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The Capitol Years

Jewelry Store

(Full Frame; US: 25 Mar 2003; UK: 12 May 2003)

Change can be a tricky thing for a band. Sometimes it’s for the better, sometimes it’s for the worse, and if you happen to have been successful the first time out, shifting gears can leave a lot of your original fans in the dust.


Captiol Years, initially the solo project of Shai Halperin (Shai, Son of Eli), made a big splash with its 2001 debut, Meet Yr Acres. Gaining a lot of praise from critics and word of mouth, the disc seemed to establish Capitol Years as a lo-fi act that combined a little bit of indie garage sensibility with some straightforward classic rock vibes. Original enough to not seem derivative or redundant, yet casually slipping into the rock revivalist sounds of bands like the Strokes, Capitol Years put Halperin on the map as a rocker to pay attention to.


Of course, one-man shows don’t go over well live, and Halperin quickly expanded Capitol Years into a full-fledged band for touring purposes. Turning to his ex-bandmates in the defunct Mastercaster, Haleperin solicited drummer Sir Kyle Lloyd and bassist Dave Wayne Daniels, as well as new recruit Jeff Van Newkirk on guitars, to help him bring the band to the stage. Touring with such acts as the Mooney Suzuki and the Warlocks, Captiol Years was quickly recognized as having a solid, fun, and rocking live show. It only seemed natural to bring this amped-up sound to the studio for a follow-up to Meet Yr Acres.


However, with the acceleration to a Big Rock Band, Capitol Years seems to have lost a little bit of the basement magic that made Meet Yr Acres so charming. It’s not that the Beatle-esque melodies have suffered. They’re still there, but now they seem to have been layered over with a classic Rolling Stones blues vibe that somehow changes things. It’s almost as if Halperin crammed Urge Overkill and Fountains of Wayne into one quirky, greasy, gritty rock marriage. Whether or not it’s better or worse than before is difficult to say.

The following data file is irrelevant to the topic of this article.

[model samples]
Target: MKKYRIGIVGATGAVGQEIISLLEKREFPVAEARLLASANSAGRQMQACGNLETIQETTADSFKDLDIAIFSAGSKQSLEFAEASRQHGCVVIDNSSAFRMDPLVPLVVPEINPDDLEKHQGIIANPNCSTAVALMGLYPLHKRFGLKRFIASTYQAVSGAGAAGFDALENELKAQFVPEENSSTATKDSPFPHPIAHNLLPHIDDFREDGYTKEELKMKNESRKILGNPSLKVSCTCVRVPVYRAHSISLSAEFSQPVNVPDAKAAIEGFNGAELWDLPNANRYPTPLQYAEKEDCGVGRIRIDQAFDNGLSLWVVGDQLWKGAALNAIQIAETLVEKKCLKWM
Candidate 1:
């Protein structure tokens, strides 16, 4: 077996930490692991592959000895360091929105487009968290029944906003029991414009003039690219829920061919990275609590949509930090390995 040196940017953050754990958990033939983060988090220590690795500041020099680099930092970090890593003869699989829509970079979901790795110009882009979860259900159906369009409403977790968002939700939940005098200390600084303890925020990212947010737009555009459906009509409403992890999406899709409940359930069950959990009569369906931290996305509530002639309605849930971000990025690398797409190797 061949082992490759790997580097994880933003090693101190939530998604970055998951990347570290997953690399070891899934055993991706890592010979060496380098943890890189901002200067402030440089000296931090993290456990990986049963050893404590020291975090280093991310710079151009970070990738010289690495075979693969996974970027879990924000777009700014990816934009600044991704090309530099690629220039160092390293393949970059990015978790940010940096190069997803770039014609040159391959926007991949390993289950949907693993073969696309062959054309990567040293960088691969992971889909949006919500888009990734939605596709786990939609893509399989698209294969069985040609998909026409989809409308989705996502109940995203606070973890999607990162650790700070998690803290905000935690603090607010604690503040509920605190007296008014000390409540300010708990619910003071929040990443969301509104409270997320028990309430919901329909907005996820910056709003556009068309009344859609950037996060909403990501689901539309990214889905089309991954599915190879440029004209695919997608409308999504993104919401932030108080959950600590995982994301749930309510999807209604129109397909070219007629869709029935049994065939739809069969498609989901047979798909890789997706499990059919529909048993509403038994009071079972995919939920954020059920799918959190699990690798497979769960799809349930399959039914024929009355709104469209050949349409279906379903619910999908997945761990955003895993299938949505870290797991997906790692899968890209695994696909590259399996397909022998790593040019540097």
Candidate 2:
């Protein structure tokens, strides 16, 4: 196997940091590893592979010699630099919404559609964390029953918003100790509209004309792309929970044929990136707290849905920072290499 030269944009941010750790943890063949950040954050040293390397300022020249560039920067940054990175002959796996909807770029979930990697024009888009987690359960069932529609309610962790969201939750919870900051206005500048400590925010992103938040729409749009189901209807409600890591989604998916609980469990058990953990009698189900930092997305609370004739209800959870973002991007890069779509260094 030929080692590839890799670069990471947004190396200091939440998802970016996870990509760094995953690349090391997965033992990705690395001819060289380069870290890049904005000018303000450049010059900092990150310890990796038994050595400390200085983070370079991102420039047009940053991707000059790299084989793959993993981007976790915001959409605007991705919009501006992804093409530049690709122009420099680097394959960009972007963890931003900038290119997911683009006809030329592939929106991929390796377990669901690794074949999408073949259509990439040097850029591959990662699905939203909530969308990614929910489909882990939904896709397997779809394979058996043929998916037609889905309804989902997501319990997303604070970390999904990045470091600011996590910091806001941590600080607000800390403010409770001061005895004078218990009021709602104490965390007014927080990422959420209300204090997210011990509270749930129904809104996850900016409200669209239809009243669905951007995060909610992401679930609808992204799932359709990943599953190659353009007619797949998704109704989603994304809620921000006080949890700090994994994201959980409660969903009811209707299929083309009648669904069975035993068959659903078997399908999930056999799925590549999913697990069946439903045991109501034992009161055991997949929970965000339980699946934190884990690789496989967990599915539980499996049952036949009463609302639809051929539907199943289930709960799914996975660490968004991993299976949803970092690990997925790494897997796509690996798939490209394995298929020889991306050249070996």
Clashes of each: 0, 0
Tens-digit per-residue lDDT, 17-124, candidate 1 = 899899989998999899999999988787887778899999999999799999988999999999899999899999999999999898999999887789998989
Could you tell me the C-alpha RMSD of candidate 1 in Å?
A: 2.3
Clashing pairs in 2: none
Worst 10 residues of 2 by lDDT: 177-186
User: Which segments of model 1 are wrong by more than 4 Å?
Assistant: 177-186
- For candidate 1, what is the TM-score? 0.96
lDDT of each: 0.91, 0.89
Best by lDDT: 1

The Jewelry Store EP will probably appeal to most of Capitol Years’ original fans, especially the ones who went out to catch them live, because that’s basically the same thing you’re getting here. Recorded in a studio frenzy, and often live straight to tape, this a quick but dense rock collection. “Jet Black”, “Jewelry Store” and “Japanese Store” all have enough gritty rock pleasure to make this EP an enjoyable listening experience, but there seems to be a little too much similitude to the classic rock influences. The blues-rock chords and progressions are certainly a little more obvious than the last time out. Even when the band unleashes the sound and lets it turn into a cheerfully noisy mess, as at the end of “Jet Black”, it’s not exactly innovative.


I hate to get too involved in analyzing as EP, because for the most part they tend to be stop-gaps between one LP and the next. There’s a lot of promise, and a decent amount of fun, in Jewelry Store. I’ll reserve judgment about whether Capitol Years’ transformation has worked for a full-length release. It would be a shame if Halperin has just let this project become “yet another rock band”, but only time will tell.

Patrick Schabe is an editor, writer, graphic designer, freelance copyeditor, and digital content manager, depending on the time of day. He has also worked in a gas station, at a smoothie bar, as a low-level accountant, taught college courses online, and cleaned offices, so he considers his current employment a success. Under his unassumed identity, Patrick holds a BA in English -- Creative Writing from Metropolitan State College of Denver and a Master of Social Science with an emphasis in Popular Culture Studies from the University of Colorado. He's currently at work on a first novel and a non-fiction piece on cultural theory. Patrick lives in Littleton, Colorado, with his wife, Jessica, who makes everything worthwhile.


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